Age-related macular degeneration (AMD) is a leading cause of vision loss worldwide among people aged 50 and older. Advanced stages of this disease are often accompanied by growth of abnormal blood vessels below and in the deep layers of the retina, a condition known as choroidal neovascularization (CNV). Swept-Source OCT Angiography (SS-OCTA) is a noninvasive imaging technology that enables visualization of these retinal vessels in impressive detail (i.e., three dimensions), allowing for the detection and tracking of CNV. However, volume-related characteristics of CNV are very difficult to quantify in SS-OCTA images due to the complexity and time intensity associated with the manual annotations.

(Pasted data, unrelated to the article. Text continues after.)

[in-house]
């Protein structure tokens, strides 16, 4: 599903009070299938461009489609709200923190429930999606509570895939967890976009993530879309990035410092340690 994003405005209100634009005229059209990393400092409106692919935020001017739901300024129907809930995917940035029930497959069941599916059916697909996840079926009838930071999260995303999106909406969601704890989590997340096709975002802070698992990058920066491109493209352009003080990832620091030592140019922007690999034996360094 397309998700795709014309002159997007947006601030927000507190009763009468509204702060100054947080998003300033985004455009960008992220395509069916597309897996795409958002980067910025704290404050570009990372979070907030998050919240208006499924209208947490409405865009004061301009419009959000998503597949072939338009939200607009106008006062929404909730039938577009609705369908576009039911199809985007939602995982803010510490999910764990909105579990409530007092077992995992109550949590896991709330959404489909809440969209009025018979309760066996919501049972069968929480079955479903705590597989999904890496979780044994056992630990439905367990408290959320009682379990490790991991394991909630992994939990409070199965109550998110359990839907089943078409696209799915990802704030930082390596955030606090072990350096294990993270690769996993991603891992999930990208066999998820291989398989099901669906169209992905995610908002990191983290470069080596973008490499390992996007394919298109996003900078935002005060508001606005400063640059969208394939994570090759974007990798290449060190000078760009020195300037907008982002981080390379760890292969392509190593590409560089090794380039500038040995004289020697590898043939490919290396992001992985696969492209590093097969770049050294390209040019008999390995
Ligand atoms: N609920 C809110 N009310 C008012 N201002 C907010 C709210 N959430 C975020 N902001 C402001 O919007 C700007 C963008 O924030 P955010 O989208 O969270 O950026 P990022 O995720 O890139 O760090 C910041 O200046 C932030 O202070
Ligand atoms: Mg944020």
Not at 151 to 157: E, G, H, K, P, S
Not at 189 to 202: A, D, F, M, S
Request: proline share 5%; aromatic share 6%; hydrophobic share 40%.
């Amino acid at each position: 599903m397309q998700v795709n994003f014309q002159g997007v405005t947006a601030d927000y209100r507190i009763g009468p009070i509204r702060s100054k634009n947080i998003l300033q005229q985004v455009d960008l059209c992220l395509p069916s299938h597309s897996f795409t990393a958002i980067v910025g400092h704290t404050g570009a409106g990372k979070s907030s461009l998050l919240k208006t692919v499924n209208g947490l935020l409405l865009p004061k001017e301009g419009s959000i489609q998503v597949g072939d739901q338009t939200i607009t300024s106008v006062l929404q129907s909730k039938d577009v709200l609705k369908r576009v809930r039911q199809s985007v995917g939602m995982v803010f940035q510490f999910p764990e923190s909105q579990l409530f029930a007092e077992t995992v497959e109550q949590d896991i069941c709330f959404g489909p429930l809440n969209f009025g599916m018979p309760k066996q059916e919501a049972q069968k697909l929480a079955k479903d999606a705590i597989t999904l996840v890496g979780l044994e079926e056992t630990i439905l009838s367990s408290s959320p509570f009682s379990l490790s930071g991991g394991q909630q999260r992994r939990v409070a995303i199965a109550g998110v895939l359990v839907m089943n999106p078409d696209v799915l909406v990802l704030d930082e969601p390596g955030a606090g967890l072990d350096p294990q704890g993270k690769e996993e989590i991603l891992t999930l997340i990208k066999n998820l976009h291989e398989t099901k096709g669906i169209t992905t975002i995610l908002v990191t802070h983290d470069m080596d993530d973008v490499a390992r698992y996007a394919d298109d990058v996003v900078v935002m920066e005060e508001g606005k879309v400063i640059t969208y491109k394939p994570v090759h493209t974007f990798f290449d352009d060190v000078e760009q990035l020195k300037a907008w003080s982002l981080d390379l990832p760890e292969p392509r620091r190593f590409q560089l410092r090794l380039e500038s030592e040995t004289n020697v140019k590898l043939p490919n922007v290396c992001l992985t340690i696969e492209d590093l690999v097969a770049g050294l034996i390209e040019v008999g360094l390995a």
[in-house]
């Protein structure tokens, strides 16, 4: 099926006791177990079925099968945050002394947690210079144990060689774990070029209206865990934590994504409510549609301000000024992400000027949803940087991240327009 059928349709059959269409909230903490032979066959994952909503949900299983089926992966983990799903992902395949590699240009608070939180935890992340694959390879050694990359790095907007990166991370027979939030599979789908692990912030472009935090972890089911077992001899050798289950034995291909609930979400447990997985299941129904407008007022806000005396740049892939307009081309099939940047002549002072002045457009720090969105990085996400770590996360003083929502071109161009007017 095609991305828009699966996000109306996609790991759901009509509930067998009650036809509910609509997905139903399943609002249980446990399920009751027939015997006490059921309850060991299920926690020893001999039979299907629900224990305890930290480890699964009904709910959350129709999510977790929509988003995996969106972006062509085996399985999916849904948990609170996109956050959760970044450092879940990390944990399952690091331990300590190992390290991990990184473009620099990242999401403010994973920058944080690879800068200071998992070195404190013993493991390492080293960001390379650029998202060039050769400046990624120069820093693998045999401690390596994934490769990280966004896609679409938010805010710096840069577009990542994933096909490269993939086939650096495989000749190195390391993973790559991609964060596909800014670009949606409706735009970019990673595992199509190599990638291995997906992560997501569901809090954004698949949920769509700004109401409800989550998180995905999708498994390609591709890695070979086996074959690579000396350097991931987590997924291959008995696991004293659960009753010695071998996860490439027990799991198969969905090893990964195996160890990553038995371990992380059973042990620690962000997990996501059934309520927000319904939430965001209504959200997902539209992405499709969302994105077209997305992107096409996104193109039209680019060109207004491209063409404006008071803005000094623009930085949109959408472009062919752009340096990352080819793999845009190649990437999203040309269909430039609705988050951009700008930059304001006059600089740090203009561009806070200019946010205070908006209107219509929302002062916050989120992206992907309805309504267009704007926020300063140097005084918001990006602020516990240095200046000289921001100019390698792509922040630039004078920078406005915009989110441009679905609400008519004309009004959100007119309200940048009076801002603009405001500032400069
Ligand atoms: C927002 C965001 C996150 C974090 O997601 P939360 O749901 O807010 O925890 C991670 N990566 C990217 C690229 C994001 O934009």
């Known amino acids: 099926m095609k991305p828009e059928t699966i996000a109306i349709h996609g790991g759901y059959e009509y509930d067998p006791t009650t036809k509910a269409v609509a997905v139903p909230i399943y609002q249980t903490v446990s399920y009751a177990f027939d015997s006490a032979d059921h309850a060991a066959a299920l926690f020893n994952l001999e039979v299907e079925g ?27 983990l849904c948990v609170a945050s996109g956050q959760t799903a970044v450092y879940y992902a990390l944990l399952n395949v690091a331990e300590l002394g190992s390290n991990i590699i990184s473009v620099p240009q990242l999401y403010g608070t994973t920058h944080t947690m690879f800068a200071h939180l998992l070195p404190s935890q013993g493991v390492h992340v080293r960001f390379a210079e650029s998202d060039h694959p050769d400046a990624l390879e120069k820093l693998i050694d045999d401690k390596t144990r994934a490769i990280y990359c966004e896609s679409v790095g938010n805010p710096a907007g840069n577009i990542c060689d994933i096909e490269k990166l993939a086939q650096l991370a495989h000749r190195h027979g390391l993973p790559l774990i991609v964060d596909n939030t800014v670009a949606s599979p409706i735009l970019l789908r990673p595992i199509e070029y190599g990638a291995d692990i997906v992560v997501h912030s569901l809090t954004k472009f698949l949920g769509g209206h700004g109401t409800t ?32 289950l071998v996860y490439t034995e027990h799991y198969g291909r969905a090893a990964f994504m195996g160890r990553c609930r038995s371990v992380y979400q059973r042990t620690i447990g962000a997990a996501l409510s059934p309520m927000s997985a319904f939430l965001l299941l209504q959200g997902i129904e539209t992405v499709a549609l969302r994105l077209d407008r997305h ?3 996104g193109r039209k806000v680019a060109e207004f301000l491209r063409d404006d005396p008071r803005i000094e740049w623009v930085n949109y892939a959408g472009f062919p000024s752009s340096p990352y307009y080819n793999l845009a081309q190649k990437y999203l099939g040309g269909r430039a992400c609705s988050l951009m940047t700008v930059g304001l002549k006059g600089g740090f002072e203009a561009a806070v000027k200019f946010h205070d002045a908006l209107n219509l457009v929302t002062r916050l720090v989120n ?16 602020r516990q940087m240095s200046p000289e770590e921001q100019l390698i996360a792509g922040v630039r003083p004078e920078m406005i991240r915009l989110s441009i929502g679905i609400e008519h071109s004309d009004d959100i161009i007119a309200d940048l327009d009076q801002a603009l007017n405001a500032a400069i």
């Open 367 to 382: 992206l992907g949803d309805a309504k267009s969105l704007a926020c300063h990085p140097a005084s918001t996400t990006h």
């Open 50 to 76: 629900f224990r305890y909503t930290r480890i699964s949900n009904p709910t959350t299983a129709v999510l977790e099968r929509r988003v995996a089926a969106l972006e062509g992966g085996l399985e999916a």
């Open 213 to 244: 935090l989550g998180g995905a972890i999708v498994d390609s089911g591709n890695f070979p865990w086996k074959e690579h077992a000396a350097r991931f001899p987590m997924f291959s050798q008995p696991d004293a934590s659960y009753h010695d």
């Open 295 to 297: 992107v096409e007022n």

Researchers at Carl Zeiss Meditec Inc., led by Luis de Sisternes, PhD, and through collaboration with Bascom Palmer Eye Institute and Créteil University Hospital, have developed an AI-based method to automatically detect the presence of CNV within these images and generate quantifiable characteristics describing the CNV volume, area, density, and invasiveness (as defined by measurement of abnormal vessel intrusion within the retina). Using SS-OCTA images for 42 eyes of patients with CNV and 20 eyes of healthy individuals for training and testing purposes, the AI-based method correctly identified CNV eyes from eyes without CNV with 100% accuracy in the tested eyes.